#2:OVERDUE CHILD ABUSE/NEGLECT INVESTIGATIONS - Previous Agency Response

 

2003:†††† The Department will continue its efforts to achieve 100% compliance.As the new SACWIS system is implemented statewide, adjustments are made to work procedures in the use of the system, and as additional training on procedures and use of the tools provided by automation take place it is expected compliance will improve.

 

Management of the Division of Child Protection meets regularly to discuss investigations that were not completed within 60 days and where no extension was requested or granted.The responsible manager must explain the failure to meet the 60 day requirement and, if warranted, disciplinary action is initiated against the investigator and their supervisor.

 

#3:NEED TO INITIATE INVESTIGATIONS WITHIN 24 HOURS OF RECEIPT - Previous Agency Response

 

2003:†††† The Department continues to strive to initiate investigations of all child abuse and neglect reports within 24 hours of receiving reports and achieve 100% compliance.Weekly reports of missed dates are prepared and analyzed by Quality Assurance/Monitoring personnel and by Child Protection managers.Child Protection management meets regularly to identify the cause for any investigation not meeting the 24-hour investigation initiation.If warranted, disciplinary action is initiated against the investigator and their supervisor.

 

#4:UNTIMELY APPROVAL OF CONTRACTS - Previous Agency Response

 

2003:†††† The Department agrees with the finding.We are reviewing procedures and contract language in order to develop a process that will allow compliance with the applicable rules including filing of late filing affidavit forms, where required.We do not believe any improper or unauthorized payments were made during the fiscal year.

 

††††††††††††† A number of changes have been made to procedures for developing and administering contracts for services.A new tracking mechanism has been implemented which has increased accountability over each contract and enhanced efficiencies in processing contract information in the Department's information systems.

 

#5:NEED TO VERIFY INTERSTATE ADOPTION ASSISTANCE AGREEMENTS - Previous Agency Response

 

2003:†††† The Department agrees that the DCFS Interstate Compact office is not currently tracking each of the approximately 600 agreements.However, we believe the state is in compliance with the spirit of the Interstate Compact on Adoption Act (45 ILCS 17/5-35).While DCFS is not currently tracking the agreements, and never has, the Department of Human Services (DHS) has been performing this function for the last several years.

 

††††††††††††† DHS, through its Division of Human Capital Development, is inquiring of adoptive parents, annually, if the adoption subsidy is still in place.DHS is also the agency that issues the medical card, administers payments, and performs the inquiry function by either contacting the IL caregiver directly or by contacting the sending state.It would be duplicative and costly to have DCFS develop the staff and mechanisms for handling this function.Therefore, the Department intends to seek a revision to the Interstate Compact on Adoption Act (45 ILCS 17/5-35) to allow DHS to perform this function.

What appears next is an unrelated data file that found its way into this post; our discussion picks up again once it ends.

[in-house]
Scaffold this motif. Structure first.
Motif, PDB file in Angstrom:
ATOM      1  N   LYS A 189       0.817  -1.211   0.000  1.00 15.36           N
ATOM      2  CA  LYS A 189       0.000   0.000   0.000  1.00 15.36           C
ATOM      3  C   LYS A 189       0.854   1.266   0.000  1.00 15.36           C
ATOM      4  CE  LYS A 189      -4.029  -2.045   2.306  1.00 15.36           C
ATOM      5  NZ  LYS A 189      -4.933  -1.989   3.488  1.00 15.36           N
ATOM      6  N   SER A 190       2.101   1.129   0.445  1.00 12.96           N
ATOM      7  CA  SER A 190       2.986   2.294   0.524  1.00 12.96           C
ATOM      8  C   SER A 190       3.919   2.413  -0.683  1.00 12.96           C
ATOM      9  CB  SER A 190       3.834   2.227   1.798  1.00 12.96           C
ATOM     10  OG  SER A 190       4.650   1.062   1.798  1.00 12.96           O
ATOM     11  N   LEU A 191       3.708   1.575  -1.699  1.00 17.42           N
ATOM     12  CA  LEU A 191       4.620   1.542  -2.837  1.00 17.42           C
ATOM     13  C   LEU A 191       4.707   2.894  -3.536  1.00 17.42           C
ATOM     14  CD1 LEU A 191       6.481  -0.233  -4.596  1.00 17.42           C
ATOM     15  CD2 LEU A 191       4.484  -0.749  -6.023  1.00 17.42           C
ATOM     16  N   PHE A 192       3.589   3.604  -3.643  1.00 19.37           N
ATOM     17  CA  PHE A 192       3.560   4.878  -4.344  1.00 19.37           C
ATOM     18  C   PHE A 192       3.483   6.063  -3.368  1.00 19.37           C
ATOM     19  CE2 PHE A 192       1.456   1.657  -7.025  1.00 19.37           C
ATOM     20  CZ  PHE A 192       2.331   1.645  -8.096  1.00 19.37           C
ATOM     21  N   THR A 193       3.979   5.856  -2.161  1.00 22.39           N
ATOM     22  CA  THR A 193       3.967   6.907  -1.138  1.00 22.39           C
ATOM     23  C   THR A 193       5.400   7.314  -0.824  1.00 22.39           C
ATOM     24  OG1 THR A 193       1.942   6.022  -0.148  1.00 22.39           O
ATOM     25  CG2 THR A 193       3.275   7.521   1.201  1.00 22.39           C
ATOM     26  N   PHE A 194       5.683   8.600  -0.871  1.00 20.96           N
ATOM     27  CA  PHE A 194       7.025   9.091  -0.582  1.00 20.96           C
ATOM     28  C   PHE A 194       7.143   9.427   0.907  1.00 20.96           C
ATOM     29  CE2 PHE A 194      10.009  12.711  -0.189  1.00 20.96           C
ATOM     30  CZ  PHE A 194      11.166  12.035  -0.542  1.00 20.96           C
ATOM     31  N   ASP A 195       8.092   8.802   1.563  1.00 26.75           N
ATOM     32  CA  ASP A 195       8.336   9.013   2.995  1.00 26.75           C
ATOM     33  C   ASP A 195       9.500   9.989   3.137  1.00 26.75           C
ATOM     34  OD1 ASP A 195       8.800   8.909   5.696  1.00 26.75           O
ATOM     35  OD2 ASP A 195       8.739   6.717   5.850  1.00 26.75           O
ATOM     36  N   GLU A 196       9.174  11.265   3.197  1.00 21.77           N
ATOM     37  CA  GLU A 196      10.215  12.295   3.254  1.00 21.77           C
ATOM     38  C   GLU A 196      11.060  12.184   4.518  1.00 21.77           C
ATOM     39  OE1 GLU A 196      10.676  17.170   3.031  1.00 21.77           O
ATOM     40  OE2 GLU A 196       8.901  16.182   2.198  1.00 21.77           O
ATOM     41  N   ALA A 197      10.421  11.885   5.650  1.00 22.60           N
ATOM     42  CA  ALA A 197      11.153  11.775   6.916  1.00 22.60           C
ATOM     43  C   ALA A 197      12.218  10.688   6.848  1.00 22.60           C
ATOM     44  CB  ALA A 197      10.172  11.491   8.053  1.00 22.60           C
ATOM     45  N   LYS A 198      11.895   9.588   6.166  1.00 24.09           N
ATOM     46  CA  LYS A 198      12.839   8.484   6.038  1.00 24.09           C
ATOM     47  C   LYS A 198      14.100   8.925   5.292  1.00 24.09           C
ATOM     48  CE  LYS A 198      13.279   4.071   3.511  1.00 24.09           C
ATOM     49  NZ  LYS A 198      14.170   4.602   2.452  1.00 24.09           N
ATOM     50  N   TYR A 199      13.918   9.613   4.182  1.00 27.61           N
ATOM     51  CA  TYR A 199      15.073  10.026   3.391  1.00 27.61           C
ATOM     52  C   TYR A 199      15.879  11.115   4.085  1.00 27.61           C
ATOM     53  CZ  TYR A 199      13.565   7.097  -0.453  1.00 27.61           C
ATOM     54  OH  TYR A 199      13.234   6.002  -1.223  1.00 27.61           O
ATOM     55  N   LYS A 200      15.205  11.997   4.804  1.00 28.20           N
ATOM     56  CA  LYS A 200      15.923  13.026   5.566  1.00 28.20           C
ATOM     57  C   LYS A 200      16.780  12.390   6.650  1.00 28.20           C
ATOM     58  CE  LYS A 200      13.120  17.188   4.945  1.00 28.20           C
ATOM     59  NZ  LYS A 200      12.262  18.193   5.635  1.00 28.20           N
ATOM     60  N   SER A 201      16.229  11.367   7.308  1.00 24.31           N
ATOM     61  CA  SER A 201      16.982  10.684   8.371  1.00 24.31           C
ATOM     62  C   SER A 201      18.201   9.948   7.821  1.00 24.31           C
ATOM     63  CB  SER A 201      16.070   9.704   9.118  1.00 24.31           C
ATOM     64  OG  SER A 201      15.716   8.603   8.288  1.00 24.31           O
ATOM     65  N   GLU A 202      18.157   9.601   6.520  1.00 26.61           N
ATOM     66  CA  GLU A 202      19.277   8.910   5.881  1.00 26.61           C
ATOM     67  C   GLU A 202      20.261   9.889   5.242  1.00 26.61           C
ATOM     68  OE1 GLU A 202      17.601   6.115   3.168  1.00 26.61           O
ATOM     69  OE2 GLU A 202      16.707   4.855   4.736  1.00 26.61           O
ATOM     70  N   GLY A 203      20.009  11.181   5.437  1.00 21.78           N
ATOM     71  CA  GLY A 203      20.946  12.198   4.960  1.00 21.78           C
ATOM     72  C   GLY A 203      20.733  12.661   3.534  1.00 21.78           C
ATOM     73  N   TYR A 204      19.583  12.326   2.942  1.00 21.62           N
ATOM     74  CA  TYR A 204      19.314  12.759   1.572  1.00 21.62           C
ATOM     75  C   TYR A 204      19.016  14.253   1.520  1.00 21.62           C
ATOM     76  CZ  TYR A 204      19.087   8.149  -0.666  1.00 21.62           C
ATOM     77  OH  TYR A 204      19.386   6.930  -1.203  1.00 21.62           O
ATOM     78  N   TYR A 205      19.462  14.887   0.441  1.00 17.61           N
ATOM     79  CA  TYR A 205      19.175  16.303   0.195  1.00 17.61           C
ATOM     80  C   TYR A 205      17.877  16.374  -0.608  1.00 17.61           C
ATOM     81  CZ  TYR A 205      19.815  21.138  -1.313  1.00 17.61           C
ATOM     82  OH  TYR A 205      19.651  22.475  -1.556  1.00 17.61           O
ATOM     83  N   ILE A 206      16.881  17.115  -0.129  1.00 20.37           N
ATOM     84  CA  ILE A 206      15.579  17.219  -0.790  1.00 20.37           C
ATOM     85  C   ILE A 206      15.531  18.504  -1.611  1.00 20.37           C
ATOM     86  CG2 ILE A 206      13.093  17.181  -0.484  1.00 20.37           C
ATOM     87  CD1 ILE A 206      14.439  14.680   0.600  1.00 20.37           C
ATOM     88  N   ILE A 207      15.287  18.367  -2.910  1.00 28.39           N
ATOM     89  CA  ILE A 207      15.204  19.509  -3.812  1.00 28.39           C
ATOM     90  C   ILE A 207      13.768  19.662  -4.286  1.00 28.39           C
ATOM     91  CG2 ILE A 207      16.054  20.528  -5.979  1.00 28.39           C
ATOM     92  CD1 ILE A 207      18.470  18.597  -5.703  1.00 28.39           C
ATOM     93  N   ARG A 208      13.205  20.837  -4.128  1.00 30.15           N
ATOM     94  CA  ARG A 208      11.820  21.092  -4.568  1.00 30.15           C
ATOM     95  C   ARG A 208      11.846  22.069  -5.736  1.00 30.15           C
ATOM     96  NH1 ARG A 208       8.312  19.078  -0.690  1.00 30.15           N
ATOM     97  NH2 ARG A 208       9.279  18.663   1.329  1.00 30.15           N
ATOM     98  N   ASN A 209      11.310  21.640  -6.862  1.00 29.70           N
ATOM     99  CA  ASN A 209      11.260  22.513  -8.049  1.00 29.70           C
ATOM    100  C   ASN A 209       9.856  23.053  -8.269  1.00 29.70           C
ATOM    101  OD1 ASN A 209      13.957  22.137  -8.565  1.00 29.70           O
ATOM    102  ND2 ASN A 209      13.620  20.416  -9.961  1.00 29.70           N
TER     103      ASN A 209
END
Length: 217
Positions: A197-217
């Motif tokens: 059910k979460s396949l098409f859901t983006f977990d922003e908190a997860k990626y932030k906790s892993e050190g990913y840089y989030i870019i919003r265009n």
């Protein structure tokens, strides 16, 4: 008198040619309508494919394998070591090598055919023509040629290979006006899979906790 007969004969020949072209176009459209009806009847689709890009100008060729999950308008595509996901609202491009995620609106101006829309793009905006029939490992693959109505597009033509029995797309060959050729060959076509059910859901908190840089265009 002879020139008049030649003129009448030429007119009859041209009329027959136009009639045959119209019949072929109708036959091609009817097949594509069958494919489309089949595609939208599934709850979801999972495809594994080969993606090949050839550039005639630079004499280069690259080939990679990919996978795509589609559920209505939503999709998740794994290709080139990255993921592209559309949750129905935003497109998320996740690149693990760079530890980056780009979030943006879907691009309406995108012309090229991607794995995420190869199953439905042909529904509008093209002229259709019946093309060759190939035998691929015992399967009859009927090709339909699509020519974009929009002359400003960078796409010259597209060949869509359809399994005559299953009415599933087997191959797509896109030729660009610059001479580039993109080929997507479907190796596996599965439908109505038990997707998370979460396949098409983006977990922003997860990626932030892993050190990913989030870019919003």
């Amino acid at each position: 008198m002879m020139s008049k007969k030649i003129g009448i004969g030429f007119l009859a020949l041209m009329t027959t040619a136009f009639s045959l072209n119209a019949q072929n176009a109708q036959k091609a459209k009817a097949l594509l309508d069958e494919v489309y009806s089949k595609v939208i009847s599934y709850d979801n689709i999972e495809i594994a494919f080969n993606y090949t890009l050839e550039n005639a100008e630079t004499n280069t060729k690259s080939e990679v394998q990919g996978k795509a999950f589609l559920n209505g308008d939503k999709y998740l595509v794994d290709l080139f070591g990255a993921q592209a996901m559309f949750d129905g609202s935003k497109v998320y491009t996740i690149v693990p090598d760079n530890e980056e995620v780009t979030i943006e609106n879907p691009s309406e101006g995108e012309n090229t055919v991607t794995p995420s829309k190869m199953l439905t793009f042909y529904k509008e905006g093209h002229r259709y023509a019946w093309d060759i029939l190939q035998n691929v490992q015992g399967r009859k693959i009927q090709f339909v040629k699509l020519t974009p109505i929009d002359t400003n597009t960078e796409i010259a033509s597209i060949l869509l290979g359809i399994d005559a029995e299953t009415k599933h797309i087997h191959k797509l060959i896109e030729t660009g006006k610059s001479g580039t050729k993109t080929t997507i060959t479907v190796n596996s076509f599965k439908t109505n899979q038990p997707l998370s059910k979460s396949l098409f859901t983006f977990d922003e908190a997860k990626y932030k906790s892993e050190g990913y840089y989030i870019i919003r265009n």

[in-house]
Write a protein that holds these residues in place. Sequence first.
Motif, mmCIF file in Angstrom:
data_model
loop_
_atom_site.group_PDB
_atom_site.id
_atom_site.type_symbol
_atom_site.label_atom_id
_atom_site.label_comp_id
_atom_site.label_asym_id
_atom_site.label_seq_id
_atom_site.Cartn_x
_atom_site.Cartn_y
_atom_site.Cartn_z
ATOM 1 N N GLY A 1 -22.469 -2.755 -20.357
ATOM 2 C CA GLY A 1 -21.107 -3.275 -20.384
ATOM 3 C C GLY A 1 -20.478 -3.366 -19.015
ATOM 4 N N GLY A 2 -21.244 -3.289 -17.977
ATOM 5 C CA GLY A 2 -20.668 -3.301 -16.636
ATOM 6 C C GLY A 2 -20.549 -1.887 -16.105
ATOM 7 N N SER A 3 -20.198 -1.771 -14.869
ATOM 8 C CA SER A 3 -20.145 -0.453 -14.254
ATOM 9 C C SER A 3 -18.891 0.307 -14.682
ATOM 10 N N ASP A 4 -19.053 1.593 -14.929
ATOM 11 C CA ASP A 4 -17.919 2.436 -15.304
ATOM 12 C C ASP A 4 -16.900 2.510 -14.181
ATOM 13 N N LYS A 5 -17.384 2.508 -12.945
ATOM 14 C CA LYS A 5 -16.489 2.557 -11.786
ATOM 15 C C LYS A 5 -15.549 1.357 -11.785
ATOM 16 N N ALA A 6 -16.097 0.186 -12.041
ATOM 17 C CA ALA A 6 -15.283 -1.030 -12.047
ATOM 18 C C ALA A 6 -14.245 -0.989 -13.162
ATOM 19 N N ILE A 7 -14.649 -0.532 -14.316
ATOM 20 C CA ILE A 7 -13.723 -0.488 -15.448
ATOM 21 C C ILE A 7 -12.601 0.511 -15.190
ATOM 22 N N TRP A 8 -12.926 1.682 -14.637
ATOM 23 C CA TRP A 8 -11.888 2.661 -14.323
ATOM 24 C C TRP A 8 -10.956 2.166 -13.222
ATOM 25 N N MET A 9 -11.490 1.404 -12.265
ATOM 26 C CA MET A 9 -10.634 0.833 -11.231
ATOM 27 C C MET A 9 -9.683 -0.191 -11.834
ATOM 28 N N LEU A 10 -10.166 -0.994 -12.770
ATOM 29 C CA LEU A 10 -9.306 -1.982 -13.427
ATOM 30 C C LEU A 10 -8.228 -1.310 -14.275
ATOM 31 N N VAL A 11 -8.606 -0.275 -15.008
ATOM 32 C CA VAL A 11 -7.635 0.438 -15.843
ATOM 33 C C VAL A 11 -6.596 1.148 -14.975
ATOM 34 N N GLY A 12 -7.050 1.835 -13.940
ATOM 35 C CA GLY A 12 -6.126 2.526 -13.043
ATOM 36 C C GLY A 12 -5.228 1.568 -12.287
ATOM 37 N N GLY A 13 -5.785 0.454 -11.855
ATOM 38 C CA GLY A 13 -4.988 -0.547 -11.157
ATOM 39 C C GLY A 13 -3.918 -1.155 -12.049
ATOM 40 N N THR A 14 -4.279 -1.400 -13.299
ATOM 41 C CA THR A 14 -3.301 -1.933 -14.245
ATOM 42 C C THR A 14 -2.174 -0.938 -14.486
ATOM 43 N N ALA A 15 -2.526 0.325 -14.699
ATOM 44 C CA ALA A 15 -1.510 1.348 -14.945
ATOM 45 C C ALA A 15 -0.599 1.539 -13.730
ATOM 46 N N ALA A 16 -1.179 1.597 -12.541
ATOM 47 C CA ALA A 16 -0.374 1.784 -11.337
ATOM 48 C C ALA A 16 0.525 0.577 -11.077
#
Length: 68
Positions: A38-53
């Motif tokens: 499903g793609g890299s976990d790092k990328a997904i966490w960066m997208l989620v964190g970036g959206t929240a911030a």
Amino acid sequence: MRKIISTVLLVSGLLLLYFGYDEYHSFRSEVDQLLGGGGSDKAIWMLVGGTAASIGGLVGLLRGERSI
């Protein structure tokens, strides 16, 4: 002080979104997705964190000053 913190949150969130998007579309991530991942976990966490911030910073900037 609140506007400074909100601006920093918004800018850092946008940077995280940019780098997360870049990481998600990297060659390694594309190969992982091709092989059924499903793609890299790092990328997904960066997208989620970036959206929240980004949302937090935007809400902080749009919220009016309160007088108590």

#6:OVERTIME WITHOUT PROPER PRIOR APPROVAL - Previous Agency Response

 

2003:†††† The Department agrees that no employee should be compensated for overtime unless it was worked and authorized.The Department will be reviewing the detailed procedures followed to prepare and maintain the completed forms and will revise the procedures and instructions for staff and supervisors as necessary.

 

#7:INADEQUATE CONTRACT MONITORING - Previous Agency Response

 

2003: ††† The Department agrees that there is a need for additional monitoring of residential and group home service providers.We are currently in the process of establishing a residential monitoring unit with a target implementation date of July 2004.The unit will be responsible for conducting consistent on-site monitoring of residential and group home facilities that provide treatment for our children.This unit will establish measurable criteria for performance and process outcomes that will lead to quality services and life domain outcomes for our children.The results of the monitoring function will become an integral part of the contract negotiations with each provider.

 

††††††††††††† In the interim, we will continue to evaluate resource needs, identify guidelines and criteria for measuring performance and timely information reporting, and identify ways to enforce the guidelines not met.

 

#8:INSUFFICIENT MONITORING OF SUBRECIPIENT PROVIDERS - Previous Agency Response

 

2003:†††† The Department concurs.Information identified in the investigation of the provider has been referred to the Office of the Attorney General.Additionally, we have evaluated staffing levels and, as resources permit, plan to add positions in the field audits unit to help us to do a better job with fiscal monitoring of contracts.

 

††††††††††††† We are also, as discussed in our response to Finding #03-10, evaluating reporting criteria and requirements for these residential subrecipient service providers.